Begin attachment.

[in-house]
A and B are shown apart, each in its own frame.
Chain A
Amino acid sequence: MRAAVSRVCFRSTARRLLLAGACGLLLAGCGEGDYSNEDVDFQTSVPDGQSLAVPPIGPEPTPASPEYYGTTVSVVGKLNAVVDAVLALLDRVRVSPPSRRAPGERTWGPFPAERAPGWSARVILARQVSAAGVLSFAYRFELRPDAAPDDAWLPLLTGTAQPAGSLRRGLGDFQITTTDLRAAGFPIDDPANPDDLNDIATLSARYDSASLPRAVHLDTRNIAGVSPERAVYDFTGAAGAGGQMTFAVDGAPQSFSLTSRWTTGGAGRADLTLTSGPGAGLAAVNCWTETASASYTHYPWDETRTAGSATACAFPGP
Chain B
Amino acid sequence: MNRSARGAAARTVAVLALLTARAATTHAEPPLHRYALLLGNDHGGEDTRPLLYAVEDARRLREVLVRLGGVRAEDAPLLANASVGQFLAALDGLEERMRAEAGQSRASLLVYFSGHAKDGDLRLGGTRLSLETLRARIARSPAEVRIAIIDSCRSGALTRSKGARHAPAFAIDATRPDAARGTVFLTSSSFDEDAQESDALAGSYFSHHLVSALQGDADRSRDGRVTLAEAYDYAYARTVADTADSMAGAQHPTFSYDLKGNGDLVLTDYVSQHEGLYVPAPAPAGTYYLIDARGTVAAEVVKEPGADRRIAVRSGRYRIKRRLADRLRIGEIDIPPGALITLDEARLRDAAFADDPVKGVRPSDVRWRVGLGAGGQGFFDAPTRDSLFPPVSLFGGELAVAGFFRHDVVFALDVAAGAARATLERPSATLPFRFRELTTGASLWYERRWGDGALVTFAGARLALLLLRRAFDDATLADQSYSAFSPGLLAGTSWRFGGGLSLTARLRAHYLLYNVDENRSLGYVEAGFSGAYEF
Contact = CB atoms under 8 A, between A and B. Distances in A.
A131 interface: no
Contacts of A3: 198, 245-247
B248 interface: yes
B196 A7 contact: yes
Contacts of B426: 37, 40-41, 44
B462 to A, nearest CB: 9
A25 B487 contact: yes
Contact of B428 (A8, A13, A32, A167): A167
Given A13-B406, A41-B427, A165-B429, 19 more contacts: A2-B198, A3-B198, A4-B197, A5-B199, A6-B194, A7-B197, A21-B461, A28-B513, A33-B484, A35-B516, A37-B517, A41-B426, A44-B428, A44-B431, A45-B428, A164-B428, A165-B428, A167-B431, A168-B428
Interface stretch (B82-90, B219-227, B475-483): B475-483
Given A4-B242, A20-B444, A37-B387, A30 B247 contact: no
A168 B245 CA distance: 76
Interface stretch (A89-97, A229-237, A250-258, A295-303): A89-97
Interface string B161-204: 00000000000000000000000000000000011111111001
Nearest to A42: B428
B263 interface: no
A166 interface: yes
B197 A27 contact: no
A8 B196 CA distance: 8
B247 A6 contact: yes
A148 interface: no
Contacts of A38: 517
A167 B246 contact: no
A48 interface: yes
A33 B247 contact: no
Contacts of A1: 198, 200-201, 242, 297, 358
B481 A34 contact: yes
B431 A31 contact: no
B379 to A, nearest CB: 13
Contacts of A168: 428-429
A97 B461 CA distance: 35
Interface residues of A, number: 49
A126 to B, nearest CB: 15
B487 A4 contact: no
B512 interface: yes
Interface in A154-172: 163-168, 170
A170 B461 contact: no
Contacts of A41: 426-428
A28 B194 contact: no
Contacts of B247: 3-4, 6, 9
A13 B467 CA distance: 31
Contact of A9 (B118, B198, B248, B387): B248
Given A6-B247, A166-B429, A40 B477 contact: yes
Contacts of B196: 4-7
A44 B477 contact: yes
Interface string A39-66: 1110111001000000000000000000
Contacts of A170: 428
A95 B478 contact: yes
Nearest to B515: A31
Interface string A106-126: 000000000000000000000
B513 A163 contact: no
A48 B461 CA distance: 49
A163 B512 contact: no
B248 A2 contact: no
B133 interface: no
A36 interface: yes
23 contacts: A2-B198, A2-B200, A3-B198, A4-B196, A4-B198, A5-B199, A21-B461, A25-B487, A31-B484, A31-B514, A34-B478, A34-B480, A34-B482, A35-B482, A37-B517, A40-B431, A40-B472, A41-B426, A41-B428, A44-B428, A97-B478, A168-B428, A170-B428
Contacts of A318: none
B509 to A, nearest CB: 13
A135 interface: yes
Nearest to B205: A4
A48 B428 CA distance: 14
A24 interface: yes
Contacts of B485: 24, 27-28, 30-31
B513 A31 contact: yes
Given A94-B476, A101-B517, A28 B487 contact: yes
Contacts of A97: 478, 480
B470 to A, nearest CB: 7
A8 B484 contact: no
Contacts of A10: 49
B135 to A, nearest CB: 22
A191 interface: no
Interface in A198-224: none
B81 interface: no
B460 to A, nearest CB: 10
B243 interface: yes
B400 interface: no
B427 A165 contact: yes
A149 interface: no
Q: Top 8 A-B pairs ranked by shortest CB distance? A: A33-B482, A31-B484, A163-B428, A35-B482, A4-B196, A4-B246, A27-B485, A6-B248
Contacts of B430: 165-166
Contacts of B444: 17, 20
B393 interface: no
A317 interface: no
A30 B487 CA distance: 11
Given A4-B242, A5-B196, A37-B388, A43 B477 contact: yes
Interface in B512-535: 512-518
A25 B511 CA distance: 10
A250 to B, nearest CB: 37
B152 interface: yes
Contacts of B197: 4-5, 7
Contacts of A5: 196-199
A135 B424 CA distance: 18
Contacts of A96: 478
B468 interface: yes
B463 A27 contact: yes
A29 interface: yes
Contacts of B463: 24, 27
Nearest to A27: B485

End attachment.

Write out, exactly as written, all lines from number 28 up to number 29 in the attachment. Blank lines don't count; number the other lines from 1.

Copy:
A148 interface: no
Contacts of A38: 517